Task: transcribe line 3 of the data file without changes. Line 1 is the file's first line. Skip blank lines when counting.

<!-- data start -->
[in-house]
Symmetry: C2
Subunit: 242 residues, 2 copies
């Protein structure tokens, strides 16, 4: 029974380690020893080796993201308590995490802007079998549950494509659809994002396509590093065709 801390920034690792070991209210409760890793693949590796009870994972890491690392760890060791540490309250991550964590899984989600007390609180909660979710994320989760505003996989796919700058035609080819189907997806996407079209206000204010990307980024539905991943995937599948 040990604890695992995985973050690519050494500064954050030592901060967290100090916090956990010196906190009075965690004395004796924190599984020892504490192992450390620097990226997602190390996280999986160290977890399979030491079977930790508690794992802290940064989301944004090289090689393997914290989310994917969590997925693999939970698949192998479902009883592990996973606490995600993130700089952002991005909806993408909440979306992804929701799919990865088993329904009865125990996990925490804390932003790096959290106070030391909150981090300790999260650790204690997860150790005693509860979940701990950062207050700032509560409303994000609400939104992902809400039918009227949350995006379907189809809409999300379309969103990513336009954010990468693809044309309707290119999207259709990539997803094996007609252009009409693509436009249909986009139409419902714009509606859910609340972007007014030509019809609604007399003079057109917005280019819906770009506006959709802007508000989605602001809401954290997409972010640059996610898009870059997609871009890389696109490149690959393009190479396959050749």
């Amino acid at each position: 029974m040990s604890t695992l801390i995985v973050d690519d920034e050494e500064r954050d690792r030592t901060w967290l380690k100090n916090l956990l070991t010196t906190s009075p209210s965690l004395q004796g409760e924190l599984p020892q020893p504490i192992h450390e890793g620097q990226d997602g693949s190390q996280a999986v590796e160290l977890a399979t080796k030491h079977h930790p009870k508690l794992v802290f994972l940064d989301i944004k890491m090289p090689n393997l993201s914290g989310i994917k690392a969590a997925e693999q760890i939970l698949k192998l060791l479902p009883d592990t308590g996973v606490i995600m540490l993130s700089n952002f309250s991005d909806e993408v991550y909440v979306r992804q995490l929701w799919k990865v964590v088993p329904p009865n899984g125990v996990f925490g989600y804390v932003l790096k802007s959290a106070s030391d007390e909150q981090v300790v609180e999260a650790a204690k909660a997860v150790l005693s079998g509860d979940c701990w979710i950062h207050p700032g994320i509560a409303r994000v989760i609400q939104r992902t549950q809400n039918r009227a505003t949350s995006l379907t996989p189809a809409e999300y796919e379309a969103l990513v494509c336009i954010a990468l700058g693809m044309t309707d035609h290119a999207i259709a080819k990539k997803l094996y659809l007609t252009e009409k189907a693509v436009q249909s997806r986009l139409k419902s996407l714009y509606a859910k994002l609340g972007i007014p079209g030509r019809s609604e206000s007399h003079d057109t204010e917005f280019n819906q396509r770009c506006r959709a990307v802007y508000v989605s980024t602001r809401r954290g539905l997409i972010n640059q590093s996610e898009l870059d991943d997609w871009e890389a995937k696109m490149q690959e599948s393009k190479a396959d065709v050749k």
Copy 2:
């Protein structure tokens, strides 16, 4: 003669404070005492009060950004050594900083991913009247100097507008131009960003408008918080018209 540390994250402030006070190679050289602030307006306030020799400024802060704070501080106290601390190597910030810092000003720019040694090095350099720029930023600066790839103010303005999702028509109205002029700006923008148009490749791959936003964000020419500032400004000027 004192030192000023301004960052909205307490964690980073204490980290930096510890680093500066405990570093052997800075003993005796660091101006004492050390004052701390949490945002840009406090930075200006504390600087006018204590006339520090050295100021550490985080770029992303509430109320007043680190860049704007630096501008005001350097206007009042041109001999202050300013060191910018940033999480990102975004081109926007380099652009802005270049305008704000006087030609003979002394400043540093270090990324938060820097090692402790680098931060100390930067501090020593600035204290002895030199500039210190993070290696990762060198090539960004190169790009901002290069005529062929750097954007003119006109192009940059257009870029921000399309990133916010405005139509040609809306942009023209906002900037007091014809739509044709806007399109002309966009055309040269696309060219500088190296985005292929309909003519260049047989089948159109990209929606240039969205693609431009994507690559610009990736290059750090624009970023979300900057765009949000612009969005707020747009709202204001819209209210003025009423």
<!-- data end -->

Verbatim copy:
Subunit: 242 residues, 2 copies